Given such considerations, the highest possible figure for lives saved by lockdowns can be estimated by comparing the nations of Scandinavia. This is because these countries are culturally, economically, and genetically similar to one another but have enacted very dissimilar policies to deal with Covid-19. In the words of Paul W. Franks, professor of genetic epidemiology at Lund University in Sweden:

The Swedish approach to Covid-19 could not be more different from its neighbors, placing much of the responsibility for delaying the spread of the virus and protecting the vulnerable in the hands of the public. It’s now April and, albeit with some restrictions, Swedish bars, restaurants and schools remain open. …

This all contrasts the far more assertive physical restrictions imposed in the culturally similar neighboring countries. Across the borders in Denmark, Norway and Finland, schools closed weeks ago and movement has been severely restricted.

Sweden has taken certain measures to slow the spread of Covid-19, like limiting public gatherings to 50 people. However, these can hardly be characterized as “lockdowns,” and Swedish stores, restaurants, schools, beaches, and other public places are open and bustling.

Stockholm, Sweden, April 1, 2020 (TT News Agency/Fredrik Sandberg via Reuters)

Comparing the current death rates of Scandinavian nations yields a maximum figure for the lives saved by lockdowns because Sweden’s plan involves more deaths in the early stages of the pandemic but less later on. As detailed by Professor Franks, simulations show that the overall death rate is “expected to be similar across countries,” but “unlike its peers, Sweden is likely to take the hit sooner and over a shorter period, with the majority of deaths occurring within weeks, rather than months.”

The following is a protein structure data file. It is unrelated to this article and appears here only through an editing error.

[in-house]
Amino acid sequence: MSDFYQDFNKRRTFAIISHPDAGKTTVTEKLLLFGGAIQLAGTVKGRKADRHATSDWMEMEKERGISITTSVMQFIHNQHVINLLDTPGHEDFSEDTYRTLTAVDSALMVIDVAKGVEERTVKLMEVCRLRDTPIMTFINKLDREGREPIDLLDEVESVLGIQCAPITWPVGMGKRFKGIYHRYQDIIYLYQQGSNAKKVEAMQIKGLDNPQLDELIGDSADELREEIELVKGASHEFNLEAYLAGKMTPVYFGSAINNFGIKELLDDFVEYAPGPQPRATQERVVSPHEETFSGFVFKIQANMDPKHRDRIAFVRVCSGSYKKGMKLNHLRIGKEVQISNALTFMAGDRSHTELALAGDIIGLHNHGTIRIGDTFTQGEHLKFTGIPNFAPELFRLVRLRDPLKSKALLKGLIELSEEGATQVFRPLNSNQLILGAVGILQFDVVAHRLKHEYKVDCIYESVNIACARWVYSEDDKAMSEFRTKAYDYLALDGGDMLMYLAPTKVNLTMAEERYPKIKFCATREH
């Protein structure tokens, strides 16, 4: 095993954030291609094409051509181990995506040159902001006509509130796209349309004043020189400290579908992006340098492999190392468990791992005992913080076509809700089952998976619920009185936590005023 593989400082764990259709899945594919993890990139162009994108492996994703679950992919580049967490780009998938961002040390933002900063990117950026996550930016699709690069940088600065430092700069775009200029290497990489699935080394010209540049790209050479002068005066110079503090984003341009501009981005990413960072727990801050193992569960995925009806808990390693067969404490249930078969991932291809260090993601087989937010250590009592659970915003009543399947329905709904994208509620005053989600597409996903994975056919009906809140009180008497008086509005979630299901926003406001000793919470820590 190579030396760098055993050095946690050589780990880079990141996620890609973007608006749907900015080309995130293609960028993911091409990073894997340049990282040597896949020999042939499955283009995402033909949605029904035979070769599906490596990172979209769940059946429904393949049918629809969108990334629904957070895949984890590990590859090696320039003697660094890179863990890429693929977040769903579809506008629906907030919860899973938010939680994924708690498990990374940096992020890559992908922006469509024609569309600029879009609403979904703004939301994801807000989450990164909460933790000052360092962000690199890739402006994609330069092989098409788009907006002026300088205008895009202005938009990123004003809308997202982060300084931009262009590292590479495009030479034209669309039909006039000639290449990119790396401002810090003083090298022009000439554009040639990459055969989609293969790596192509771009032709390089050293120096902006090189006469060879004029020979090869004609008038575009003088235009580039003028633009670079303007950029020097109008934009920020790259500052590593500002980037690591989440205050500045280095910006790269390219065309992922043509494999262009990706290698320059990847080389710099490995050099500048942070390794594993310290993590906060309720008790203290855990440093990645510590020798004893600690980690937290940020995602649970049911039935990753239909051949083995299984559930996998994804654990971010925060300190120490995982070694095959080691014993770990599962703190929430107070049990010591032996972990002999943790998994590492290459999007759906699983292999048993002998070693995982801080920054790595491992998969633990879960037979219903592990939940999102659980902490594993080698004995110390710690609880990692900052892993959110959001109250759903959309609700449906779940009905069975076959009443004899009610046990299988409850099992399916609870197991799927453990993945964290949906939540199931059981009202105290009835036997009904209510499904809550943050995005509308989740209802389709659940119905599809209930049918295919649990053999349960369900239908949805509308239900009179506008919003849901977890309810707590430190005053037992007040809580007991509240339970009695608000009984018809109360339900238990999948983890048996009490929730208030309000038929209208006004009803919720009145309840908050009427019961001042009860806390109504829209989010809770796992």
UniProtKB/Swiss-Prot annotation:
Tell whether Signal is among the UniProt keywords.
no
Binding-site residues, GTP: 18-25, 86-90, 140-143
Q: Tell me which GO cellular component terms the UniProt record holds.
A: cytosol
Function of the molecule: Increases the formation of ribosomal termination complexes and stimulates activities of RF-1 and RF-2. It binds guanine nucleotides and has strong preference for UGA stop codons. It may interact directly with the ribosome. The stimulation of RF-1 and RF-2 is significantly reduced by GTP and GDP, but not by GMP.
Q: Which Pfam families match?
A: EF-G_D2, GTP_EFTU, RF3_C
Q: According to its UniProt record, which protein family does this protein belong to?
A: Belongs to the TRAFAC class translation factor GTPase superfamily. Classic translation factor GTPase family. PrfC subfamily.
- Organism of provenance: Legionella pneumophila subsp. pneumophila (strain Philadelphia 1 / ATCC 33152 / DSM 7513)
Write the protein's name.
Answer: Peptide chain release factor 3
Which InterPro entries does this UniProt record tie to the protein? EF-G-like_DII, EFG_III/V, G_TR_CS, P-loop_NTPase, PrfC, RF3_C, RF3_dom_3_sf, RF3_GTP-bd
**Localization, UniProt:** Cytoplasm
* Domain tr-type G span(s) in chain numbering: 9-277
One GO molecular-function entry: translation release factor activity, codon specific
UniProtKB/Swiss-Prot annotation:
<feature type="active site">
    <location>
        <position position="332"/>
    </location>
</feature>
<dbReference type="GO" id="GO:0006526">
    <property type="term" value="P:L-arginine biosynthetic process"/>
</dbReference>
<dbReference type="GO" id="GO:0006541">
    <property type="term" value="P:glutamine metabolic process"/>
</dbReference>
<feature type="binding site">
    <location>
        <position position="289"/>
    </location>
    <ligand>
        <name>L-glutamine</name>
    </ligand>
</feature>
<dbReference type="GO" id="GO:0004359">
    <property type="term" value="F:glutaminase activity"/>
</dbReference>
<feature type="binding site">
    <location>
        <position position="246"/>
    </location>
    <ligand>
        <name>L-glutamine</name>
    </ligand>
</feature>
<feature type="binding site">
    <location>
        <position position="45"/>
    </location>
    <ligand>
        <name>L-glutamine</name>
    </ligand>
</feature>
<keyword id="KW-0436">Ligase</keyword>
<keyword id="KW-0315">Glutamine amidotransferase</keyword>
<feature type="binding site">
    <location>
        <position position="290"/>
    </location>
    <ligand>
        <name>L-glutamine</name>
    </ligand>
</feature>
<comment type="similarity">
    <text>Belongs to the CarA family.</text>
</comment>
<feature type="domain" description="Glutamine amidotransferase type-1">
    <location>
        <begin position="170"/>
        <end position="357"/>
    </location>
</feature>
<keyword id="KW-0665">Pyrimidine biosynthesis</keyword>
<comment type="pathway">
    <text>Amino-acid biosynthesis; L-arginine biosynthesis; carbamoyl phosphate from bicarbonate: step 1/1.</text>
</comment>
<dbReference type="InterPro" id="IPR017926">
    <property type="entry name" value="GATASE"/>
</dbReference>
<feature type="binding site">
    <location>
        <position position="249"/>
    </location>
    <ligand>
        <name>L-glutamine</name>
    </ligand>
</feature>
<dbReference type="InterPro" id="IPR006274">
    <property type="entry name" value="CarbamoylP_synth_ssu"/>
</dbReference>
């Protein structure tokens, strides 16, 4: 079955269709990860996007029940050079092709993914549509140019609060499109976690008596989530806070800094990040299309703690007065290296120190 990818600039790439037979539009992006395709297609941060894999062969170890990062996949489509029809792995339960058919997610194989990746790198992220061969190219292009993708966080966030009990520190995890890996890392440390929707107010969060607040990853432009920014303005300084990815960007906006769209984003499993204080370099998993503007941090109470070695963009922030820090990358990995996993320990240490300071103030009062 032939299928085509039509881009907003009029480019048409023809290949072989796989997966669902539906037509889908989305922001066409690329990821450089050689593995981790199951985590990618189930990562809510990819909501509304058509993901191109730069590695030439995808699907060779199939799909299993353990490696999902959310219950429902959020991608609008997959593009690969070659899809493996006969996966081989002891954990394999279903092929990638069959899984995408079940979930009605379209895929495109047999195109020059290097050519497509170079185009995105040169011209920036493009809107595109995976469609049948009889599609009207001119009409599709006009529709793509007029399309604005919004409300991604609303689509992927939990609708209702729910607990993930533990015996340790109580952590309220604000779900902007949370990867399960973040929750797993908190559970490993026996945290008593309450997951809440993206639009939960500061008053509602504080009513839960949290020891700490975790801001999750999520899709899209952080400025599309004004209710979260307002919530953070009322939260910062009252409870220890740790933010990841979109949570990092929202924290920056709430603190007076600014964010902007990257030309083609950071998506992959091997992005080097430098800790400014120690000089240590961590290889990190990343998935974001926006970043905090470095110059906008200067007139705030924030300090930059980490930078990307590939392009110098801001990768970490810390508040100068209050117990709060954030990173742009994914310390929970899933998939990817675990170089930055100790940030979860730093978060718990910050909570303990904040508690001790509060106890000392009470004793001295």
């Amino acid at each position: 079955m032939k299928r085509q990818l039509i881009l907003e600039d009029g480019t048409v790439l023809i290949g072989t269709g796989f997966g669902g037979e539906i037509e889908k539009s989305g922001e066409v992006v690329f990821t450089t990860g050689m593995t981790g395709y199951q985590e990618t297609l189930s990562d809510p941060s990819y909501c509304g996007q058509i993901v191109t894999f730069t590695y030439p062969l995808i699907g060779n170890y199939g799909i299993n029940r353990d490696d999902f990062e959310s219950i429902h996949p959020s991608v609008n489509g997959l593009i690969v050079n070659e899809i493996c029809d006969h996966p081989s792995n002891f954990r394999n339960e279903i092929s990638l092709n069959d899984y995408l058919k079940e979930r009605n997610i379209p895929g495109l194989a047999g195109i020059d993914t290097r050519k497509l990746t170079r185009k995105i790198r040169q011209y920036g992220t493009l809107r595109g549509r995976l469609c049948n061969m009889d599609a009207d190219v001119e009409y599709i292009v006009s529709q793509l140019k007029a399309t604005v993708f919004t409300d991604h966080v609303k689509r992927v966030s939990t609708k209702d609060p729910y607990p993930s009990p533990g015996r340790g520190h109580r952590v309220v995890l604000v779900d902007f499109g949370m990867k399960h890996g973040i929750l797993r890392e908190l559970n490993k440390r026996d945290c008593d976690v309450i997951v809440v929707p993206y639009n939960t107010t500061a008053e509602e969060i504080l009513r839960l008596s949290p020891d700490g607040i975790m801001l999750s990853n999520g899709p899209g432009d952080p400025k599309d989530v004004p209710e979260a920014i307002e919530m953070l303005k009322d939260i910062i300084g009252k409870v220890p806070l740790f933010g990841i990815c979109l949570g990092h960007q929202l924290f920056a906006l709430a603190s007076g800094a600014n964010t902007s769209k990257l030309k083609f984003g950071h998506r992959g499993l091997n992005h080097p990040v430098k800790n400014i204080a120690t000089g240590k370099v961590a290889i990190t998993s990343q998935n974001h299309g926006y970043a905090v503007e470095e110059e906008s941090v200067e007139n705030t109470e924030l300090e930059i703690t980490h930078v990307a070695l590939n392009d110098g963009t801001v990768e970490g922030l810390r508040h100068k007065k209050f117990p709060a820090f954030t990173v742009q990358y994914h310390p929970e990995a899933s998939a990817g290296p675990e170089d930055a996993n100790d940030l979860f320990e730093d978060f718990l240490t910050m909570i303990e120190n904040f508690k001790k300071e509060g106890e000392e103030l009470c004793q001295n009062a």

As of April 27th, the death rate in Sweden is 32% higher than in the United States, 3.1 times that of Denmark, 5.8 times that of Norway, and 6.4 times that of Finland:


Applying the Sweden/Finland death rate ratio of 6.4 to the United States, the maximum number of Americans who could have been saved by past and current lockdowns is 616,590. This figure is based on the most pessimistic projection of 114,228 deaths in the U.S. through August 4th by the Institute for Health Metrics and Evaluation at the University of Washington. It is calculated by multiplying 114,228 deaths by 6.4 and then subtracting the 114,228 deaths that occur regardless of the lockdown.

The figure of 616,590 lives saved by lockdowns in the U.S. is at the extreme high-end of plausibility because it: